Music of Peru
Native Peruvian music is dominated by the nationalinstrument, the charango. The charango is a type ofmandolin, and was invented in the Viceroyalty of Peruby musicians imitating Spanish lutes and guitars. In the Canas and Titicaca regions, the charango is used in courtship rituals, symbolically invoking mermaidswith the instrument to lure the woman to the male performers. Until the 1960s, the charango was denigrated as an instrument of the rural poor. After the revolution in 1959, which built upon the Indigenismomovement (1910–1940), the charango was popularized among other performers. Music of Chinese andJapanese settlers greatly influenced Peruvian music.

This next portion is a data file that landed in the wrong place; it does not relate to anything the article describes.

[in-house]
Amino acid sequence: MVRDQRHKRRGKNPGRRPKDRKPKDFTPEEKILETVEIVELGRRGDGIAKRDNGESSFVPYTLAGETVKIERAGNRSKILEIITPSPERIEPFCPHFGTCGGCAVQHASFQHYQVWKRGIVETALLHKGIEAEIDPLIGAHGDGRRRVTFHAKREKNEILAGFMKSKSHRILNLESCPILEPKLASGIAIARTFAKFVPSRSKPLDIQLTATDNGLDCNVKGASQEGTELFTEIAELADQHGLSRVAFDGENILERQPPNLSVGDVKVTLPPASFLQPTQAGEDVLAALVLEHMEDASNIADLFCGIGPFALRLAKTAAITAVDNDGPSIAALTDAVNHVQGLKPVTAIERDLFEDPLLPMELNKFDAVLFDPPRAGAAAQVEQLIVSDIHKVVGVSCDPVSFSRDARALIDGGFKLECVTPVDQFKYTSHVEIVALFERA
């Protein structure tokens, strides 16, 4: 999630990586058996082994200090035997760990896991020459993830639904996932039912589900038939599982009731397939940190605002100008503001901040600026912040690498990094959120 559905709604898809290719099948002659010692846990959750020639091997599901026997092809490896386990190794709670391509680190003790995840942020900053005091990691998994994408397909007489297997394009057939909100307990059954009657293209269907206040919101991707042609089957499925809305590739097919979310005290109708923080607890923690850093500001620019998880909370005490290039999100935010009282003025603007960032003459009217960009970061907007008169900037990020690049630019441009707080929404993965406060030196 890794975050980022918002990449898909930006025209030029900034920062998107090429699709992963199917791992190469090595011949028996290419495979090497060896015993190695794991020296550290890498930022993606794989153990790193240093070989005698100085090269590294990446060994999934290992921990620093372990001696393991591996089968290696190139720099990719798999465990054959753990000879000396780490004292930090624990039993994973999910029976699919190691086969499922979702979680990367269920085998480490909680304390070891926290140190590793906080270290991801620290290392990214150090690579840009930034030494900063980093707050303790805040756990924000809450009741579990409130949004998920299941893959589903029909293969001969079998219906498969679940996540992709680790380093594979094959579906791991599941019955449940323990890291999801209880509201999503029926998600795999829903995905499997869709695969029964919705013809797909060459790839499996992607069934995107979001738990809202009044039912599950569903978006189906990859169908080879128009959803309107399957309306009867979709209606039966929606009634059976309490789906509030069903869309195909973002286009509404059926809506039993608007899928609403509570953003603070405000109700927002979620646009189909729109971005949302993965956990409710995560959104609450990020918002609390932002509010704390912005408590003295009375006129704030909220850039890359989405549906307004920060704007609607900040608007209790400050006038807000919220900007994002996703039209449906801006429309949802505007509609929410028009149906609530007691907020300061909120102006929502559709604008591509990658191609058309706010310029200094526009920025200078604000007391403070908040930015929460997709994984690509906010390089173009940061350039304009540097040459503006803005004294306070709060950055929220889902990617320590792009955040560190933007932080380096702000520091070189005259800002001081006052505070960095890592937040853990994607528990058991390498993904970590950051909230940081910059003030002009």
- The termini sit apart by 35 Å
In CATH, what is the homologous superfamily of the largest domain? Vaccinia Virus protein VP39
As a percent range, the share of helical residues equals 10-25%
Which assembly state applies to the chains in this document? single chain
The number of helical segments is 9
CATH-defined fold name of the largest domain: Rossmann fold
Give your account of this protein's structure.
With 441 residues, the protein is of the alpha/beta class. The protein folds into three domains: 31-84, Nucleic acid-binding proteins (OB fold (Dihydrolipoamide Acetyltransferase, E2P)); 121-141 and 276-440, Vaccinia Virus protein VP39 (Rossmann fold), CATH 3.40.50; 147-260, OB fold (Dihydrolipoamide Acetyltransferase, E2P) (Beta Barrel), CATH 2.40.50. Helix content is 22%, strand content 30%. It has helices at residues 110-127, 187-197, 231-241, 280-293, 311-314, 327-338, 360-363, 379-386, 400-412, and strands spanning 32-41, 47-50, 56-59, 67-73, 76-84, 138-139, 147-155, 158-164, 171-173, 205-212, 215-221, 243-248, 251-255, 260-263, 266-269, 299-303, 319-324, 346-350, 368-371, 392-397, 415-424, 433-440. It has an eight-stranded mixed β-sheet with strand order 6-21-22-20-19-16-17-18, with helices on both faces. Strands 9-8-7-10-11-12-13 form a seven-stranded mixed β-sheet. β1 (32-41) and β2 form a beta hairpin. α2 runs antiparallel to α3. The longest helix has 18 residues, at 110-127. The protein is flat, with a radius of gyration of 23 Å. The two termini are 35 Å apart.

One important space for Peruvian comtemporary classical music is Circomper, the Peruvian Composition Circle.
|Wikimedia Commons has media related to: Music of Peru|
- Música Criolla del Perú
- (French) Audio clips: Traditional music of Peru.Musée d'Ethnographie de Genève. Accessed November 25, 2010.
- BBC Radio 3 Audio (60 minutes): Huaynos of the Andes and Afro-Peruvian music.Accessed November 25, 2010.
- BBC Radio 3 Audio (60 minutes): The music of Ayacucho. Accessed November 25, 2010.
- BBC Radio 3 Audio (60 minutes): Iquitos, Huancayo and Lake Titicaca. Accessed November 25, 2010.
- Music from the Andes and Nearby Regions
- Going Underground: Peru An exploration into the underground music scene in Peru